This would not be wholesale change as envisaged by Cooper and Ilinski but at least it would be a start. After all, client loyalty for nearly a decade is part of the contract in private equity partnerships and running at a loss in the early years is not uncommon among start-up companies. Perhaps the commercial active management of public securities needs to regain its sense of entrepreneurship.
Equitile has been established to survive even if it underperforms for several years. In other words, the £350,000 per key employee includes a buffer for hard times. Orbis, possibly the best known house for alternative fee structures for long-only mandates, appears to be even more resilient. As part of its contract for underperformance, the Bermuda-based manager has refunded a significant amount of fees recently, according to head of Orbis Investment Counsellor Group, Matthew Spencer. He says the performance-fee reserving mechanism pays for periods of underperformance but even if this ran dry, Orbis could use the firm’s reserves to continue in business for the best part of a decade.
In this light, the cost of asset management becomes a matter of reserves. All CEOs could say that they suffer in a bear market – and plenty of managers on ad valorem fees have survived miserable periods of underperformance lasting the best part of a decade. But Orbis is one of the very rare few that fulfils a wish made by Peter Borgdorff, director of PZFW, the Dutch healthcare workers’ pension fund when he said two years ago that asset managers ought to give something back when times are bad.
“What differentiates financial services from other industries is that herding behaviour prompts managers to take risks which are similar in nature, even if they look different on formal risk reports, thus creating a situation where the negative performance is synchronised across the whole industry in times of financial stress”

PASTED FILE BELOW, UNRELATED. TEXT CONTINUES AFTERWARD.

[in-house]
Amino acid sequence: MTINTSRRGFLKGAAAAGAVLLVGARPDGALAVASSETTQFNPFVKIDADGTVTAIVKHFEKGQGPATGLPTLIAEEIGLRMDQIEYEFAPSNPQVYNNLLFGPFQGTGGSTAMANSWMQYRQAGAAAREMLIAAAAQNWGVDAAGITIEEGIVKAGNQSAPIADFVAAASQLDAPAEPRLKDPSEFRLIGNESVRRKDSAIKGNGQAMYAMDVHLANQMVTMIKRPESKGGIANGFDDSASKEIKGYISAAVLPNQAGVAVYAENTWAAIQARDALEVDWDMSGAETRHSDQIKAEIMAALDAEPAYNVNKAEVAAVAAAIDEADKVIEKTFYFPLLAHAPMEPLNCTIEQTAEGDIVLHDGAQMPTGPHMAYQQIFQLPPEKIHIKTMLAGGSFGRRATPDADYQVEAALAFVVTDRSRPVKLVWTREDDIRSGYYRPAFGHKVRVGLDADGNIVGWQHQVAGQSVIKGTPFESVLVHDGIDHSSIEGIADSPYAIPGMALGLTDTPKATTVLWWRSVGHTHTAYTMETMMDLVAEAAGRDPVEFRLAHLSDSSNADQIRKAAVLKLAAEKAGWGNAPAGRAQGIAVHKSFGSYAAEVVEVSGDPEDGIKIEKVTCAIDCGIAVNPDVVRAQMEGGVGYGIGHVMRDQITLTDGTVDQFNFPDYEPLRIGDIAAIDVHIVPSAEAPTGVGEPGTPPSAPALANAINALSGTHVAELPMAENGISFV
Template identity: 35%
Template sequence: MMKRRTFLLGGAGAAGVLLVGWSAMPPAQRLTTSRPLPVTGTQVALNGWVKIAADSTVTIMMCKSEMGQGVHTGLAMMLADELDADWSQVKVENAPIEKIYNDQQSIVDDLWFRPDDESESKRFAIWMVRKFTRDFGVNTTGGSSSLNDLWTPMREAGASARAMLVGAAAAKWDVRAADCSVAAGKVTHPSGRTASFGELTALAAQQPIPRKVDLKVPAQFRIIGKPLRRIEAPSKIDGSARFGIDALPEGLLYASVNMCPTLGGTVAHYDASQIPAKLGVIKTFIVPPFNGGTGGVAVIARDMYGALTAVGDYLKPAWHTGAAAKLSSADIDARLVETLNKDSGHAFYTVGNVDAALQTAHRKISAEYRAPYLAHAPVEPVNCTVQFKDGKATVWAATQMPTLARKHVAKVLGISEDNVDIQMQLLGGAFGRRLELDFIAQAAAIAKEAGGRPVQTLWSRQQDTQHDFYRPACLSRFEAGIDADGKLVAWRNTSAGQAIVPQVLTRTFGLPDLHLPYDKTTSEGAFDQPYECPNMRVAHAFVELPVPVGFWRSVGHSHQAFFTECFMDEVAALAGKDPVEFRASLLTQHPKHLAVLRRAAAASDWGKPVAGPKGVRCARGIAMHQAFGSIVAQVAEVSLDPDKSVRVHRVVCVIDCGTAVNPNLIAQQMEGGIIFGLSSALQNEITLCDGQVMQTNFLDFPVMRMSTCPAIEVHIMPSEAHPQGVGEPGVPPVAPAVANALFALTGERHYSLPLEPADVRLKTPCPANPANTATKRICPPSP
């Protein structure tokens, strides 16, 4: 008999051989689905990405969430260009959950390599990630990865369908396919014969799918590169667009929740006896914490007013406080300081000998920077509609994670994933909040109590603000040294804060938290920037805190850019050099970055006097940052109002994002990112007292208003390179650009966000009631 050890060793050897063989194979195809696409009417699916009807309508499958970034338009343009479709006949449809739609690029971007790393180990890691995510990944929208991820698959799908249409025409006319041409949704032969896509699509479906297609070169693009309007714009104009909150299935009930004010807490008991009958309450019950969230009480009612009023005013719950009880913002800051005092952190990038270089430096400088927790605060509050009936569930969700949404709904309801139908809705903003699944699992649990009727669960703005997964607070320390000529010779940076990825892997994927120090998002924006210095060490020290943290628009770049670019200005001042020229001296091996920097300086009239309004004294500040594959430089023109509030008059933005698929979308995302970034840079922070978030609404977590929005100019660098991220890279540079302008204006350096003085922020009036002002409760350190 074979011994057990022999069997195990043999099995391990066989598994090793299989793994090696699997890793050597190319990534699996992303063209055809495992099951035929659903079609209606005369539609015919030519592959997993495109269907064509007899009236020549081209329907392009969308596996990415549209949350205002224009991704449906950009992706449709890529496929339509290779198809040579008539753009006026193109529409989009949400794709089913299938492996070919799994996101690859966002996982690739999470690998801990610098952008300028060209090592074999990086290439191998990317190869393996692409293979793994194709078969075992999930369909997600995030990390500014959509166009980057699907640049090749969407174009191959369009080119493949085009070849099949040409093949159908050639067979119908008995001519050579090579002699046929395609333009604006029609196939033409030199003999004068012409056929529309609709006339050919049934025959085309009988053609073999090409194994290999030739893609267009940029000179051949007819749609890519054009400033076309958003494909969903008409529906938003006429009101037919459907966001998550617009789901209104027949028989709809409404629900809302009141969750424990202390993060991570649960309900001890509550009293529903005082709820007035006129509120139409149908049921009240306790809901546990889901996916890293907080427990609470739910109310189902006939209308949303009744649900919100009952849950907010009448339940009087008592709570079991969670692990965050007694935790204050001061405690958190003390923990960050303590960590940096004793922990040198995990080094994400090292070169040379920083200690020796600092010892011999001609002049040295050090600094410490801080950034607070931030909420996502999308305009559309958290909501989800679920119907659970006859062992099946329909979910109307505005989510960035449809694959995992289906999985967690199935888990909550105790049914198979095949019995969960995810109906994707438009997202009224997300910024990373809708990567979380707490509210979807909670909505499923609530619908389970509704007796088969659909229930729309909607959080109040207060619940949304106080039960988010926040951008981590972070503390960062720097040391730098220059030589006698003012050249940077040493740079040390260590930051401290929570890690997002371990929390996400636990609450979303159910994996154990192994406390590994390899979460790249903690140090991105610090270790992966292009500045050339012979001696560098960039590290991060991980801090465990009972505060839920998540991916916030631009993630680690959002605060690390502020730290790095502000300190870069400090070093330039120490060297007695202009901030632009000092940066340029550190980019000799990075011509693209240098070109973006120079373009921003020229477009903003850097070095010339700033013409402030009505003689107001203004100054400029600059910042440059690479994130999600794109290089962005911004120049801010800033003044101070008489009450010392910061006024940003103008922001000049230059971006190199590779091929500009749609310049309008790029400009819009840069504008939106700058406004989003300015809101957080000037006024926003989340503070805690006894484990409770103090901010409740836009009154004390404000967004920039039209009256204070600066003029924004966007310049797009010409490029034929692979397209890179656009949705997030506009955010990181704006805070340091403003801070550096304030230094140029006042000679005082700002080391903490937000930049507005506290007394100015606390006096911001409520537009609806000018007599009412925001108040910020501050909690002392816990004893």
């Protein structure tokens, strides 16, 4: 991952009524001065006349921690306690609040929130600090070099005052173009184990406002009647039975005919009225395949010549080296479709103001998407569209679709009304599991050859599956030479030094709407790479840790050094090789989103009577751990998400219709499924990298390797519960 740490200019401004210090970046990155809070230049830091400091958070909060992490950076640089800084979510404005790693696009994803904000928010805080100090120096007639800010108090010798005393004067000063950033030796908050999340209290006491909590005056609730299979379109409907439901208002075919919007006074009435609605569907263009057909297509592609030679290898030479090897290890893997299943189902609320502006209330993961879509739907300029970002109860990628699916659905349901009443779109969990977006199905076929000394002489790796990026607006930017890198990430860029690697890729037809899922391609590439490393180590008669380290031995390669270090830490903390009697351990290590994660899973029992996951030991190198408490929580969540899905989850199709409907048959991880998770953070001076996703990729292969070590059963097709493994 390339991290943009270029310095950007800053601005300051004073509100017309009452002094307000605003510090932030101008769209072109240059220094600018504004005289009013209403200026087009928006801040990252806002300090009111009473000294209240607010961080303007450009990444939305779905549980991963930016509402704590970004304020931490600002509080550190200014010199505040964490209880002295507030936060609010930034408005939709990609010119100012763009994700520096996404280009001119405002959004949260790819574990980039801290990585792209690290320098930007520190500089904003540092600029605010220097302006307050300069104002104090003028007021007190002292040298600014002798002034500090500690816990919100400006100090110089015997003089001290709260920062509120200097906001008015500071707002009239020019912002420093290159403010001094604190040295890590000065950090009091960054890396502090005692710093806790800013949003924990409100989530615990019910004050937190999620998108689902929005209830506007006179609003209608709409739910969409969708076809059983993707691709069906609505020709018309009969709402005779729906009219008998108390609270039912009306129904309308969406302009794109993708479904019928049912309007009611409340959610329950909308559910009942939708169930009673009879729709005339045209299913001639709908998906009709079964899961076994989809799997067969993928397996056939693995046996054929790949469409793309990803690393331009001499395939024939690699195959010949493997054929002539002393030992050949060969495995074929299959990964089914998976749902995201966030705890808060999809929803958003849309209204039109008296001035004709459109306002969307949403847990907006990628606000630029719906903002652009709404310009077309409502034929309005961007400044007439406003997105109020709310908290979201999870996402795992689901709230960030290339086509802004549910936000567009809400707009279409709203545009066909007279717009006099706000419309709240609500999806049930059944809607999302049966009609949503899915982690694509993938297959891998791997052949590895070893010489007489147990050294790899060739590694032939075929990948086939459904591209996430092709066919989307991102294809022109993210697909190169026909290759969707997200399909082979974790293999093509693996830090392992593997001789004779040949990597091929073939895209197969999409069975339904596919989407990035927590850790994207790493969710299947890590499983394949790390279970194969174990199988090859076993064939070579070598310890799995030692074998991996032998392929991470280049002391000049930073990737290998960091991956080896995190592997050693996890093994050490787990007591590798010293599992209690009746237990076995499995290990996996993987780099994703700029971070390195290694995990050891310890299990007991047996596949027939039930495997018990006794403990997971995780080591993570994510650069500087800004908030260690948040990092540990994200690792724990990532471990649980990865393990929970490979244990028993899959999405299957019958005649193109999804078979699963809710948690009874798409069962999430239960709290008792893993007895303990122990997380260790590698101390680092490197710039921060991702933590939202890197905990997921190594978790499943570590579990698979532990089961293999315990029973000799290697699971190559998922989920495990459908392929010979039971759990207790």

Spencer says Orbis would obviously prefer to be outperforming but adds that reimbursing clients during periods of underperformance was a “great way of building goodwill in tough times”.
Not all share classes at Orbis have the same remuneration structure. The non-refundable base fee in the Core RRF share class is 45bps on the first $100m (€89m). To give some sense of the total impact on returns, the annualised difference between the performance of the Orbis Global Equity fund gross of fees and net of fees equates to 230-250bps, depending on the fee structure, since inception.
In terms of returns, over this period of more than 25 years, net of fees the fund is at least 540bps ahead of the MSCI Global Equity index annualised and at least 660bps ahead of the average global equity fund.
There is no place like home
When examining the cost of running an asset management business, it makes sense to look at the cost of in-house pension funds themselves. Worldwide, the average annual cost of key staff (including back-office) is $250,000*, according to CEM Benchmarking.
That figure is less than half the estimate we began with for a commercial manager, although it should be noted that Equitile’s €464,000 covers the running cost of the business while the CEM figure is purely remuneration for key staff. On the other hand, the in-house figure also covers performance fees, whereas Equitile’s is a basic.
Another way to view the data is cost per mandate. An actively managed global equities mandate costs an average 52bps (or 48bps for the median) if externally managed; this compares with just 10bps for internal management, according to CEM data. These figures include not just portfolio management but also in-house monitoring and oversight of the portfolios, although these latter are minor costs. Given the preponderance of very large schemes in the CEM universe, the figure for externally managed mandates suggests that economies of scale are not that meaningful in pension fund management. Even the biggest clients have to pay a lot to get the external managers they want.
As one last point of comparison, how about the running costs of the British Steel Pension Scheme, the overall 2015 IPE Awards winner? The scheme claims an ‘efficiency metric’ of 6bps of assets under management. The efficiency metric is investment management expenses divided by assets under management.
The scheme’s reported assets under management at the end of the last financial year were about £14bn in cash, so the costs translate to £8.4m, a shade over what Michael Dobson, chief executive of Schroders, a publicly-quoted asset management company popular with institutional pension funds, earned in the same period.
*Figure is drawn from research of 318 pension funds globally, ranging in size from £100m to £500bn (€129m to €194bn).